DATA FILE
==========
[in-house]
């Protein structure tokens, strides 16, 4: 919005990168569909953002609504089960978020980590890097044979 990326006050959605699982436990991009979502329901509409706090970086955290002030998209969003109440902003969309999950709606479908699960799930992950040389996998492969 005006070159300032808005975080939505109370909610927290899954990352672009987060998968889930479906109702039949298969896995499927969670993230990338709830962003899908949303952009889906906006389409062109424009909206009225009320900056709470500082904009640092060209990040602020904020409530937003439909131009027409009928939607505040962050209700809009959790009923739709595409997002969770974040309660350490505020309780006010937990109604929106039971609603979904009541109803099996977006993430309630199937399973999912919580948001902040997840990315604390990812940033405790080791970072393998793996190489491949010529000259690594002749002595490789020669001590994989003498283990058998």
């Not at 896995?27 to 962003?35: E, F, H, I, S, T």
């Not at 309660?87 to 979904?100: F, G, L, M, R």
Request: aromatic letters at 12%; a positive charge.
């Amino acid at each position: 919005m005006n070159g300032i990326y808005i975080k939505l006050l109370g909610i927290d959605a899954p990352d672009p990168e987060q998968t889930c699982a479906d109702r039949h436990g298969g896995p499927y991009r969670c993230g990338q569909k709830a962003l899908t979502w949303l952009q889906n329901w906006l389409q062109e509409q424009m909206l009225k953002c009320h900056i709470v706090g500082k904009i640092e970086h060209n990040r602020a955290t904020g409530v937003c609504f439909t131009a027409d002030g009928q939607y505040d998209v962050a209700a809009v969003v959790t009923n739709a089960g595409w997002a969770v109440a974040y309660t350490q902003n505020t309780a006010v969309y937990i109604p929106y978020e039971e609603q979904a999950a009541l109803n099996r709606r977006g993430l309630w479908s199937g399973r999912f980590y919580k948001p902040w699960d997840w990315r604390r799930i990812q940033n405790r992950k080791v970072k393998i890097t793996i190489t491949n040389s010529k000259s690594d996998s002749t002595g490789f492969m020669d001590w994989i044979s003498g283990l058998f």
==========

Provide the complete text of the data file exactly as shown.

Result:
[in-house]
């Protein structure tokens, strides 16, 4: 919005990168569909953002609504089960978020980590890097044979 990326006050959605699982436990991009979502329901509409706090970086955290002030998209969003109440902003969309999950709606479908699960799930992950040389996998492969 005006070159300032808005975080939505109370909610927290899954990352672009987060998968889930479906109702039949298969896995499927969670993230990338709830962003899908949303952009889906906006389409062109424009909206009225009320900056709470500082904009640092060209990040602020904020409530937003439909131009027409009928939607505040962050209700809009959790009923739709595409997002969770974040309660350490505020309780006010937990109604929106039971609603979904009541109803099996977006993430309630199937399973999912919580948001902040997840990315604390990812940033405790080791970072393998793996190489491949010529000259690594002749002595490789020669001590994989003498283990058998």
């Not at 896995?27 to 962003?35: E, F, H, I, S, T």
């Not at 309660?87 to 979904?100: F, G, L, M, R």
Request: aromatic letters at 12%; a positive charge.
């Amino acid at each position: 919005m005006n070159g300032i990326y808005i975080k939505l006050l109370g909610i927290d959605a899954p990352d672009p990168e987060q998968t889930c699982a479906d109702r039949h436990g298969g896995p499927y991009r969670c993230g990338q569909k709830a962003l899908t979502w949303l952009q889906n329901w906006l389409q062109e509409q424009m909206l009225k953002c009320h900056i709470v706090g500082k904009i640092e970086h060209n990040r602020a955290t904020g409530v937003c609504f439909t131009a027409d002030g009928q939607y505040d998209v962050a209700a809009v969003v959790t009923n739709a089960g595409w997002a969770v109440a974040y309660t350490q902003n505020t309780a006010v969309y937990i109604p929106y978020e039971e609603q979904a999950a009541l109803n099996r709606r977006g993430l309630w479908s199937g399973r999912f980590y919580k948001p902040w699960d997840w990315r604390r799930i990812q940033n405790r992950k080791v970072k393998i890097t793996i190489t491949n040389s010529k000259s690594d996998s002749t002595g490789f492969m020669d001590w994989i044979s003498g283990l058998f």